FROM THE ARTICLE
'Time by the stars'
The observatory's back rooms and second floor, which have been seen by very few of those million young visitors, are almost a museum of turn-of-the-20th-Century technology.
The observatory is the last surviving part of the old Elgin National Watch Co. complex, which once took up a large square block along National Street opposite the end of South Grove Avenue. Through much of Elgin's history, the plant employed a third to a half of all workers who lived in the city. It made Elgin world-famous for quality manufacturing.
In an era before atomic clocks and vibrating crystals, the company opened the observatory in February 1910 as a way to figure out exactly what time it was, by looking at the stars.
"When I came as a kid," Hernandez admits, "I thought the dome on which the stars are projected over the students' heads was the same dome you can see from outside the building." But the dome visible from Watch Street is one story higher than the planetarium dome and much smaller. It actually held — in fact, still holds — the 10-foot-high, 101-year-old transit telescope, equipped with cross hairs made of spider's silk, that watch company workers used to aim at the stars every night.
To keep it from fogging up or being affected by vibration, the domed telescope chamber is unheated, and the scope rests on a concrete pier extending 60 feet into the ground. On each clear night in the early 1900s, employees would crank open a viewport in that first dome, put their eyes to the scope and click a push button every time a certain expected star moved exactly past the spider-silk cross hairs. These markings then would be used to determine exactly what time it was, with as much precision as anything could in 1910.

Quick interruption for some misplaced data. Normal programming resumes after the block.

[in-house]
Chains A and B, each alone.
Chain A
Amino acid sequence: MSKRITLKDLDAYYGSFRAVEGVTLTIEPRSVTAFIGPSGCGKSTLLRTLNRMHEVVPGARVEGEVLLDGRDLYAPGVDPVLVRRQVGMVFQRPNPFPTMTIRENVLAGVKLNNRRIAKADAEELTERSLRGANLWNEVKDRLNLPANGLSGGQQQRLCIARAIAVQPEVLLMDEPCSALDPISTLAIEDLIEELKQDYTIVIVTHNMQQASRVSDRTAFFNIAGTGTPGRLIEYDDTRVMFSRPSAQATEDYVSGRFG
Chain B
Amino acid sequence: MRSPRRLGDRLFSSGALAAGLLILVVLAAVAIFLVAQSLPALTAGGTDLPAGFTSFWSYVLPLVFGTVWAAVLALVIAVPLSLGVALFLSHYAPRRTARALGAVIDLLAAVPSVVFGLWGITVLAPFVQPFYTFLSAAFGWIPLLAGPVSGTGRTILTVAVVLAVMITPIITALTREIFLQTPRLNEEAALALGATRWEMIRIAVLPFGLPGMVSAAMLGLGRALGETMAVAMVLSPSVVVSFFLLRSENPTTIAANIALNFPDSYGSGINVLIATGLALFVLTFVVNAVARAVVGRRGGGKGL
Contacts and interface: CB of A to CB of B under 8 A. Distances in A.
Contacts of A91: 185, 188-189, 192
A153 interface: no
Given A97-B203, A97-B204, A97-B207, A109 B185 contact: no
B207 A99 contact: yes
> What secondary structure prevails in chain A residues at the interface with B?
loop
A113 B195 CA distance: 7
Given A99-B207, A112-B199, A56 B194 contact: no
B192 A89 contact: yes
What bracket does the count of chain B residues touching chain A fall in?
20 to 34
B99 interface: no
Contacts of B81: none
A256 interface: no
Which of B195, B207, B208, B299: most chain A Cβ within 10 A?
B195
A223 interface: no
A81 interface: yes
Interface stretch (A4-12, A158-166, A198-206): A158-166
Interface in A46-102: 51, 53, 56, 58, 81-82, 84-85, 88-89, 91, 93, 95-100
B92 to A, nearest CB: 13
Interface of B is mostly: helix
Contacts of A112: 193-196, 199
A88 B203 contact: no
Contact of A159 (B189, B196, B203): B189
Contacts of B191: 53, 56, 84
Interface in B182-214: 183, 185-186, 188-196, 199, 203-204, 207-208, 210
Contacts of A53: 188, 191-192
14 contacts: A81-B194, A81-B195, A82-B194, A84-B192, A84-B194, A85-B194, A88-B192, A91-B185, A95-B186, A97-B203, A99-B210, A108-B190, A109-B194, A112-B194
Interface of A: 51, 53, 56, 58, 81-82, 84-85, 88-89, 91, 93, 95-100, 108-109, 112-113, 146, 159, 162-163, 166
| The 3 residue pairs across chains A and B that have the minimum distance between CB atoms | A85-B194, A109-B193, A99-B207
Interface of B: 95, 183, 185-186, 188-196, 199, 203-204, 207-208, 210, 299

That time, in turn, was sent down a wire to a room in the watch factory across the street where women — it was usually women because they had smaller fingers, Hernandez says — would set the hands on expensive Lord and Lady Elgin watches about to be sent out to jewelry stores.
The time was stored on two German-made pendulum clocks in a room heated by a bank of light bulbs along the floor. To keep the clocks' temperature at exactly 81 degrees, workers would turn off or turn on more light bulbs.
Later, the company also began broadcasting its exact time over radio waves to commercial radio stations. At 6 p.m. WXYZ Radio in Chicago might say "the time at the tone is exactly 6 p.m. at the Elgin National Watch observatory in Elgin, Ill."
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